An insurance company will pay $20.5 million to settle claims that it discriminated against its black and female employees in Denver and Nashville in the largest such agreement ever reached in the U.S. Equal Employment Opportunity Commission’s Denver and Phoenix office. Black employees at Jackson National Life Insurance were passed over for promotions and paid less than their white colleagues, according to the complaint filed by the EEOC, and they endured a hostile work environment that included sexual harassment, racially demeaning cartoons, being called “lazy” and “resident street walkers,” among other slurs. Jackson National Life Insurance also retaliated against those who spoke up against the abuse, according to the EEOC complaint, and the company fired a white vice president the day after he refused to give a negative evaluation to two black employees who had complained.
Anytime an employee is discriminated against by their employer, they can file a workplace discrimination suit. However, a valid lawsuit will be based on verifiable proof of the infraction and will be judged against the EEOC definitions according to the type of discrimination claimed. Discrimination lawsuits in corporate America are commonplace in recent years, and select types may be covered under company insurance. Evidence is necessary to support any harm or economic losses suffered through the workplace discrimination and when evidence is not presented, it may keep a person from recovering damages at a later time.
Federal anti-discrimination laws support many lawsuits brought against employers for age, disability status, gender pay gap, sex, race, religion, national origin, and pregnancy to name a few and include:
- Title I of Americans With Disabilities Act (ADA): Prohibits discrimination against qualified disabled employees.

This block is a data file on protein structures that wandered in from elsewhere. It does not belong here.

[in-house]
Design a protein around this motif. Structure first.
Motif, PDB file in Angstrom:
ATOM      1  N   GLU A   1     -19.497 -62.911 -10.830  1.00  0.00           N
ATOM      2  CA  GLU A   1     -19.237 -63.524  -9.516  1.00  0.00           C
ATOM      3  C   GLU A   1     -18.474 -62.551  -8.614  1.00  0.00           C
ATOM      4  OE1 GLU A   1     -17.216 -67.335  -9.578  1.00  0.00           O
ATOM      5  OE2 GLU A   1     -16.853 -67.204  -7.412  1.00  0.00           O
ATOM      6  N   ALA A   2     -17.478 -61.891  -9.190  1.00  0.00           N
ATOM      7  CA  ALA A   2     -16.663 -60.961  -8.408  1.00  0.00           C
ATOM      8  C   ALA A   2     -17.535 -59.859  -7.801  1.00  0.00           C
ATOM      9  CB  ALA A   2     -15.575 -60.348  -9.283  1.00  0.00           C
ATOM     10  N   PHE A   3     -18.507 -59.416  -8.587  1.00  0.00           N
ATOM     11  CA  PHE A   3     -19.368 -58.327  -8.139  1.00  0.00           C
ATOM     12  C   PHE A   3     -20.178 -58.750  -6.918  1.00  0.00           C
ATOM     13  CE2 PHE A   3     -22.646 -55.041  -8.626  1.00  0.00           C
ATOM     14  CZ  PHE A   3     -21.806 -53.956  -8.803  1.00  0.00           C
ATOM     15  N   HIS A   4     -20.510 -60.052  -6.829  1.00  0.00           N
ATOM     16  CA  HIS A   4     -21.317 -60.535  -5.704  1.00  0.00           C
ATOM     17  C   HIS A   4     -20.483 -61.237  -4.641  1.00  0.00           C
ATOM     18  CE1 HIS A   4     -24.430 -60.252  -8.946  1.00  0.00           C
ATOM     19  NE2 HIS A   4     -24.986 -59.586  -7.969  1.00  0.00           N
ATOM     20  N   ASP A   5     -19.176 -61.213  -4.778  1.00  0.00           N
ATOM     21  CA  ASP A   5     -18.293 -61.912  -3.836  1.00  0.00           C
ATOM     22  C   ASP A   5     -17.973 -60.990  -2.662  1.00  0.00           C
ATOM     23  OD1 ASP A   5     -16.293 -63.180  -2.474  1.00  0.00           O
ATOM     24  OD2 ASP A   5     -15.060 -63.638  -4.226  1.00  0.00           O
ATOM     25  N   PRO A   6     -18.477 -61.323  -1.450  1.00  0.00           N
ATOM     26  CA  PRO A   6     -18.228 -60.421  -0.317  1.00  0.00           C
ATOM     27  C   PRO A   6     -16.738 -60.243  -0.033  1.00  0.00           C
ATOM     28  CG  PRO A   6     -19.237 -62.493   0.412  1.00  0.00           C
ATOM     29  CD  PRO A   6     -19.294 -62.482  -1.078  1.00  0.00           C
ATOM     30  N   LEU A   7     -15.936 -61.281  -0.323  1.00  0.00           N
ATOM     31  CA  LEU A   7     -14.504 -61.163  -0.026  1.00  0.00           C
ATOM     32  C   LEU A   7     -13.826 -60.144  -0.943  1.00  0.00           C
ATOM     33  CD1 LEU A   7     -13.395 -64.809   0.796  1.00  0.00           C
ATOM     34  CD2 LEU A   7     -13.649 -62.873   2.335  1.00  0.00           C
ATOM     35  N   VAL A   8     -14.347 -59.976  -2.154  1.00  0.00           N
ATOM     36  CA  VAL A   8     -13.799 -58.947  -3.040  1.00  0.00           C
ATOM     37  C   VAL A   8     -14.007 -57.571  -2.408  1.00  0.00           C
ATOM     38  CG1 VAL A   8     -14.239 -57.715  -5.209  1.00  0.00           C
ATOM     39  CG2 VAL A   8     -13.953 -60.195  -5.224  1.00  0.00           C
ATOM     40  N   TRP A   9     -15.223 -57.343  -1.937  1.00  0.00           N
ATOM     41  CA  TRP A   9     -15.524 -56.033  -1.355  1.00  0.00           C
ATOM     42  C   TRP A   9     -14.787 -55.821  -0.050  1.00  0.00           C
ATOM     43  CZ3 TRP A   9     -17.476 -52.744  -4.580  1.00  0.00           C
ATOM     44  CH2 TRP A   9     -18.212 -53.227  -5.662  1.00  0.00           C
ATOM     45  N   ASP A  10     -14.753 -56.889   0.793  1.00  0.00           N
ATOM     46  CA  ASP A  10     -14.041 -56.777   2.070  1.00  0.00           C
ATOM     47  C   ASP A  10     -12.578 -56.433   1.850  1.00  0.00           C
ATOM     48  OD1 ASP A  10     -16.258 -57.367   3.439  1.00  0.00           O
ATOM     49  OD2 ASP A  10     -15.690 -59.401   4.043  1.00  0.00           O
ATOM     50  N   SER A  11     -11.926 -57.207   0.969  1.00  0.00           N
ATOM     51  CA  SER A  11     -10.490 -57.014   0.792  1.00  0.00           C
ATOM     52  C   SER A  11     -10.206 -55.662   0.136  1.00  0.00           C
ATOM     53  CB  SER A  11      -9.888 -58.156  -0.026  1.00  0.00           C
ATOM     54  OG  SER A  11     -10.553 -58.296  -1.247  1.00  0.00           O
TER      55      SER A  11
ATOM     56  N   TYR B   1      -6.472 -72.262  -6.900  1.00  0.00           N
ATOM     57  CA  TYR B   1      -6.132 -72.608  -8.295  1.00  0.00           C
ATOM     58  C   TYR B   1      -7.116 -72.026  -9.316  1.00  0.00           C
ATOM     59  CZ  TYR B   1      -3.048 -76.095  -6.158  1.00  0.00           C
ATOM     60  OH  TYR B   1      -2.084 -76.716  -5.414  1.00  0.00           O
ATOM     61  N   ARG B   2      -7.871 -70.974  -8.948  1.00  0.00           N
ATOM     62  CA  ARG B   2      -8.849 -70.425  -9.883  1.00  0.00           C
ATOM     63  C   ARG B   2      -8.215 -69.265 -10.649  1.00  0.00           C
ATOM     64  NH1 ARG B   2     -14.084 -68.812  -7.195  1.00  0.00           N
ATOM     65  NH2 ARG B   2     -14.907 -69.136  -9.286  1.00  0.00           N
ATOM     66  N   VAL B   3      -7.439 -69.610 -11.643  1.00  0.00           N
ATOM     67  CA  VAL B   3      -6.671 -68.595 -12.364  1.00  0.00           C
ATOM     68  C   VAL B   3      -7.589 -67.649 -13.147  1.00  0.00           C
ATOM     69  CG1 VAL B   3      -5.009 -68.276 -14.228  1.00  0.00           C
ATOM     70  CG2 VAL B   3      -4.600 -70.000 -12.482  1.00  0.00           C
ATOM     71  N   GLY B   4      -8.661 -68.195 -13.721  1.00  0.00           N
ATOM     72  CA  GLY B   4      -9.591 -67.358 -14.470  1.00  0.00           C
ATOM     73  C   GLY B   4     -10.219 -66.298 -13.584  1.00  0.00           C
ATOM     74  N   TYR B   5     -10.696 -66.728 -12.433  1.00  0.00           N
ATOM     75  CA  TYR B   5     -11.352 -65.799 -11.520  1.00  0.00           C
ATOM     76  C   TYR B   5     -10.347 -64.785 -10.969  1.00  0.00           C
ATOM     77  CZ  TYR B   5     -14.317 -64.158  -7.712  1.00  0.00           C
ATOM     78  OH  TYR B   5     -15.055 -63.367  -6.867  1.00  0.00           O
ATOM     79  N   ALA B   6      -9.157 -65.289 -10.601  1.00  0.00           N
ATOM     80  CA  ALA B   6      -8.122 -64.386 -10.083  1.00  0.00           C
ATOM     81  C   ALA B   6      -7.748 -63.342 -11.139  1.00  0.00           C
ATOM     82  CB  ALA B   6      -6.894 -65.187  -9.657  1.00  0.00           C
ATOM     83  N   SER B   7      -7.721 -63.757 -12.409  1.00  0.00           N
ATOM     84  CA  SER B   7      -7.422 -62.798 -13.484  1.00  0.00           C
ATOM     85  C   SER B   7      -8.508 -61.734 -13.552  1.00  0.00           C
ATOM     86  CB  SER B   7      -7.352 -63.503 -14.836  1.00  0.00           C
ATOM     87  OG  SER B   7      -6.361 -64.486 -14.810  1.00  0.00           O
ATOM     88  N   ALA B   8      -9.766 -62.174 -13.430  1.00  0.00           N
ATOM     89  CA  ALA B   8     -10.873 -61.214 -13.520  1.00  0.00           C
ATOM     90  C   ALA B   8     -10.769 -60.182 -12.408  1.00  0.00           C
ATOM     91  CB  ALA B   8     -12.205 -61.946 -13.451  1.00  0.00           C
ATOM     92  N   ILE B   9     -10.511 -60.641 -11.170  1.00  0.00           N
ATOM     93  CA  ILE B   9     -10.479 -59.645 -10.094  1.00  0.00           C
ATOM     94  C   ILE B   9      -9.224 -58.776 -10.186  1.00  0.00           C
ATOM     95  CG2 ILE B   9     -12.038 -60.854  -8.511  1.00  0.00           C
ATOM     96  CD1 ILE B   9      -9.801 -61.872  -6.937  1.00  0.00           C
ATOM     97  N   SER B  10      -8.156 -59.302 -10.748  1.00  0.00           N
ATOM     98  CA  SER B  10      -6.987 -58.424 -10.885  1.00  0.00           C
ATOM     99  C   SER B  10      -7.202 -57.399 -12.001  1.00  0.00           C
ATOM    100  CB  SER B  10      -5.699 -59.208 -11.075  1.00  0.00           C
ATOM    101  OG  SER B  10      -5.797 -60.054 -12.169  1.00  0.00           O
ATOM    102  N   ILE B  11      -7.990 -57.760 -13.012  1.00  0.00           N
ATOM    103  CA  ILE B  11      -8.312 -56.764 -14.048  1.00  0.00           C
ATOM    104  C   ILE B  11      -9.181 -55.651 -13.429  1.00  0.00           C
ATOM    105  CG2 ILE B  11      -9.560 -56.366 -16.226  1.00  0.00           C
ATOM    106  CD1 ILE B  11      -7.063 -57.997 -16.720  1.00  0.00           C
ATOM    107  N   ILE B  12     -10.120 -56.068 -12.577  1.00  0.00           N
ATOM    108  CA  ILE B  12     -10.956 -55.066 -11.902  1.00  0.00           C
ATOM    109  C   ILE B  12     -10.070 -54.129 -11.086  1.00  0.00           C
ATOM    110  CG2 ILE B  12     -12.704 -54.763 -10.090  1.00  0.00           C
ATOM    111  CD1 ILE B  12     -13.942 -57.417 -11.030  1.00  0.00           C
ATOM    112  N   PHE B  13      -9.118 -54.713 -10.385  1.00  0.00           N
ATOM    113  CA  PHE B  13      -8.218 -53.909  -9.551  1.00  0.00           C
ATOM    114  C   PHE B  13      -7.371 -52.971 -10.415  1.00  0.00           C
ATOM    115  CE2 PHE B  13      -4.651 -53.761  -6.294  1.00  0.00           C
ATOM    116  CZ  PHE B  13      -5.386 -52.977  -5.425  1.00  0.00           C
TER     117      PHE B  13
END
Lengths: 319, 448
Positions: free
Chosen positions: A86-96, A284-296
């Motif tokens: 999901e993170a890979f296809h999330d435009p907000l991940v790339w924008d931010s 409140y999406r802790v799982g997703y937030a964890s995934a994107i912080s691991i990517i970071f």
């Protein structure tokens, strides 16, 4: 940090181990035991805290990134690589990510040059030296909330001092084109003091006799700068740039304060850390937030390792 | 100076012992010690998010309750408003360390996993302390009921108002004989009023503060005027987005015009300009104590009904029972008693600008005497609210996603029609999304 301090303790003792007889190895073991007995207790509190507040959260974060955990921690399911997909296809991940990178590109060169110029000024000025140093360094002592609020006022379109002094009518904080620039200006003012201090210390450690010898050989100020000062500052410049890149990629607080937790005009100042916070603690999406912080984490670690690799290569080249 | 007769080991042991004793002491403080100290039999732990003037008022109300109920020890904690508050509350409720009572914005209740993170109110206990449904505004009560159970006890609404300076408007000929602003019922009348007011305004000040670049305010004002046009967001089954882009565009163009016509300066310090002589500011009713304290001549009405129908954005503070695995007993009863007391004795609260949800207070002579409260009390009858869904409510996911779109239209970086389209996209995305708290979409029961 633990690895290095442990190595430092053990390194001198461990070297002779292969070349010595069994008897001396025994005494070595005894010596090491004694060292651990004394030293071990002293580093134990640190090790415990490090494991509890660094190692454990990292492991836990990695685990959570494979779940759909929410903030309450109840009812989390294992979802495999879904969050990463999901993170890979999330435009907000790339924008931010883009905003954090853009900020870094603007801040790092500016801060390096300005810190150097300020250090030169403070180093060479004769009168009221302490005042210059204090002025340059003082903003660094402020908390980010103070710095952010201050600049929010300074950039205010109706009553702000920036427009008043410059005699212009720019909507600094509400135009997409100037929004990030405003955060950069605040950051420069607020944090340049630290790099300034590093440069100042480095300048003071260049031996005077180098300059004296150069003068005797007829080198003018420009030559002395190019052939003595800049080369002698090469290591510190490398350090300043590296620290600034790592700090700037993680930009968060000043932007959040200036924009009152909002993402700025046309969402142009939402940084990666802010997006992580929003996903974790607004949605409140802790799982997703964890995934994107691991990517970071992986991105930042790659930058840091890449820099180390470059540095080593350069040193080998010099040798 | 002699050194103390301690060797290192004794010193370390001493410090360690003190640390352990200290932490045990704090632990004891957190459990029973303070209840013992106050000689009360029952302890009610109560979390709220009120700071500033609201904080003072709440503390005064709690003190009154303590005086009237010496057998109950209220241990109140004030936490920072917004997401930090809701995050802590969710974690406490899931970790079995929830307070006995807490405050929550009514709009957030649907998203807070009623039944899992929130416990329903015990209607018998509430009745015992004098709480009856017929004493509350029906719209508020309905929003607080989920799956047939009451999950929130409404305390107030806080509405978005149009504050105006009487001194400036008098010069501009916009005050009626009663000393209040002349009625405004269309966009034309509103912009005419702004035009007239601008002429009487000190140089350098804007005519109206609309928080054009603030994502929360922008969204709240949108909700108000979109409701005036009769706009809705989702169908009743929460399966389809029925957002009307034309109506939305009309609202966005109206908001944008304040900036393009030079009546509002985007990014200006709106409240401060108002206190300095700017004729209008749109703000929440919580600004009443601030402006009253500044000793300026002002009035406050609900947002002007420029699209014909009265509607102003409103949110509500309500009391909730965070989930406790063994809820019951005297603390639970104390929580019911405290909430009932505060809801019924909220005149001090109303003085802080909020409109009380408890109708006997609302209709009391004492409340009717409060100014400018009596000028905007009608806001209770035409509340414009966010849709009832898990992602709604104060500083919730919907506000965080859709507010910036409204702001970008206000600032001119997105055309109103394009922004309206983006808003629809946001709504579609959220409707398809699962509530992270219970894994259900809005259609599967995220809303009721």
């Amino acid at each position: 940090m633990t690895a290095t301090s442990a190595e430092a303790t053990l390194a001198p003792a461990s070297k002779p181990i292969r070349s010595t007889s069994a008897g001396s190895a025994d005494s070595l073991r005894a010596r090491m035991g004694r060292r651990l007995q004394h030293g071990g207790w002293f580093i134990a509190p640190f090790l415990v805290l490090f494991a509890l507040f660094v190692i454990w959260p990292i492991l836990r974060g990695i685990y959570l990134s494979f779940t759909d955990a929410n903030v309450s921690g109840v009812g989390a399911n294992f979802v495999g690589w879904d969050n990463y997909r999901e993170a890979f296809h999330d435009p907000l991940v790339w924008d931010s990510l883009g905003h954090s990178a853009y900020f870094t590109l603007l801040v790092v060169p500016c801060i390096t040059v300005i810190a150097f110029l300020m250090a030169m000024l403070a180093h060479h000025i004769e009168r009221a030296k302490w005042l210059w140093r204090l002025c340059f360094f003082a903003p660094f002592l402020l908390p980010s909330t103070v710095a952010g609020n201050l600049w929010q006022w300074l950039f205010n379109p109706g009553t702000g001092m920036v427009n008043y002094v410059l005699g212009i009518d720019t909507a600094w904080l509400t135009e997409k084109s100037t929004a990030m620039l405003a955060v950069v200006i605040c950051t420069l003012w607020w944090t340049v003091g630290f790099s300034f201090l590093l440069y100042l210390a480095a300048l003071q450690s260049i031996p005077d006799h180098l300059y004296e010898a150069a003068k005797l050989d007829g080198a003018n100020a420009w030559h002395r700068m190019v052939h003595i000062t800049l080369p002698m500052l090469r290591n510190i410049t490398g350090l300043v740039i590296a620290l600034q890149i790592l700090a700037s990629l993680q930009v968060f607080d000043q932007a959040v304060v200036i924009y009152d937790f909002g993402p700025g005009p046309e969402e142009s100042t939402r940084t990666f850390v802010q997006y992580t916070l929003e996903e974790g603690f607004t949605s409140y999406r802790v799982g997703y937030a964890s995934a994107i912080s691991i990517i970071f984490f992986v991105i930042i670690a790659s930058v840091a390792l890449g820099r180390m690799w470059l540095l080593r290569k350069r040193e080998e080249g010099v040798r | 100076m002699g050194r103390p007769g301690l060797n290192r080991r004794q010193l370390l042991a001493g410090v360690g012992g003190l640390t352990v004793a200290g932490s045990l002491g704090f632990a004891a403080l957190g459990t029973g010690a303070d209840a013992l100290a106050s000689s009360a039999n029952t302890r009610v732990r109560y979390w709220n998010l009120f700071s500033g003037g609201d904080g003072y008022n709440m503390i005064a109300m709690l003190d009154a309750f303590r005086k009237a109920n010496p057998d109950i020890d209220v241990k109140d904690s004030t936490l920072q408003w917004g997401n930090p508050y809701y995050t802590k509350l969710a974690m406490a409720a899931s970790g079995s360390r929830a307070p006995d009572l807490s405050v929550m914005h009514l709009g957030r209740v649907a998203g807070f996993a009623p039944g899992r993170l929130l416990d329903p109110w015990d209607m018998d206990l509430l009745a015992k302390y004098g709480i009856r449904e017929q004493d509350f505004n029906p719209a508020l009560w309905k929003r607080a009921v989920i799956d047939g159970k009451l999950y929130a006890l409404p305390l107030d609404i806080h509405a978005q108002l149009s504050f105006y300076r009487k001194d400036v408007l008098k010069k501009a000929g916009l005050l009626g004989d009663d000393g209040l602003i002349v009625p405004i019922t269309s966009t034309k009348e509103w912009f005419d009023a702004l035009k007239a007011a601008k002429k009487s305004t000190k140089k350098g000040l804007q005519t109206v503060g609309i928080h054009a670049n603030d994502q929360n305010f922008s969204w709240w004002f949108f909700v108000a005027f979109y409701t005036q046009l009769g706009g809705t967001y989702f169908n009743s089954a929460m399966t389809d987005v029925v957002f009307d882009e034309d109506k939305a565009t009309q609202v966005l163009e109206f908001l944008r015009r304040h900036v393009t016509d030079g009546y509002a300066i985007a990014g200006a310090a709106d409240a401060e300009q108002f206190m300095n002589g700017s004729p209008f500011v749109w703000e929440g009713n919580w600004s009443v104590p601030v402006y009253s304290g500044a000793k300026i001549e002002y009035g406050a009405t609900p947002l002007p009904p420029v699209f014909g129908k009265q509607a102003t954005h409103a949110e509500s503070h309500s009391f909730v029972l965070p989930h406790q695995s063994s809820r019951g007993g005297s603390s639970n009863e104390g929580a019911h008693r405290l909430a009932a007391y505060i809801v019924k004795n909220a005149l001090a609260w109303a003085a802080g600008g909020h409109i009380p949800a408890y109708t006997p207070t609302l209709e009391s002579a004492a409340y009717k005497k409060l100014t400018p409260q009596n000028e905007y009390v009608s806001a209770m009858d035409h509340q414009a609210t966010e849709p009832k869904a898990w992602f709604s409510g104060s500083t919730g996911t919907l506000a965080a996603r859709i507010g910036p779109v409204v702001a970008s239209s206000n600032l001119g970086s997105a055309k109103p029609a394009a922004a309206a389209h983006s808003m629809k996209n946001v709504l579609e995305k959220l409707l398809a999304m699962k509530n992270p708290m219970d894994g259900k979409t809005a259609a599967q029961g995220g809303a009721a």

- Title VII of the Civil Rights Act: Bars employers from discriminating against workers based on sex, race, religion, color, or national origin.
- Pregnancy Discrimination Act: Prevents employers from discriminating against a woman because of pregnancy or a related condition.
- Equal Pay Act: Requires employers to pay men and women the same wages if they perform equal work in the same workplace.
- Age Discrimination in Employment Act: Prohibits employers from discriminating against employees ages 40 or older based on their age.
Seek counsel for damages.
An employment law attorney can assist with the determination of damages that are awarded to remedy intangible injuries such as emotional anguish, loss of enjoyment of life, injury to professional community standing, injury to reputation and character, injury to credit and loss of health. Economic damages are easier to quantify and include potential moving expenses, job search expenses, medical expenses, behavioral health expenses, and out-of-pocket expenses directly related to the workplace discrimination. Contact an experienced attorney at the Law Office of Anderson Barkley for a complimentary consultation, when the workplace represents hostile behaviors including sexual and racial discrimination.
Anderson Barkley Attorneys at Law
3900 E. Mexico Ave., Suite 300
Denver, CO 80210
Phone: (720) 506-1764
Fax: (303) 927-0809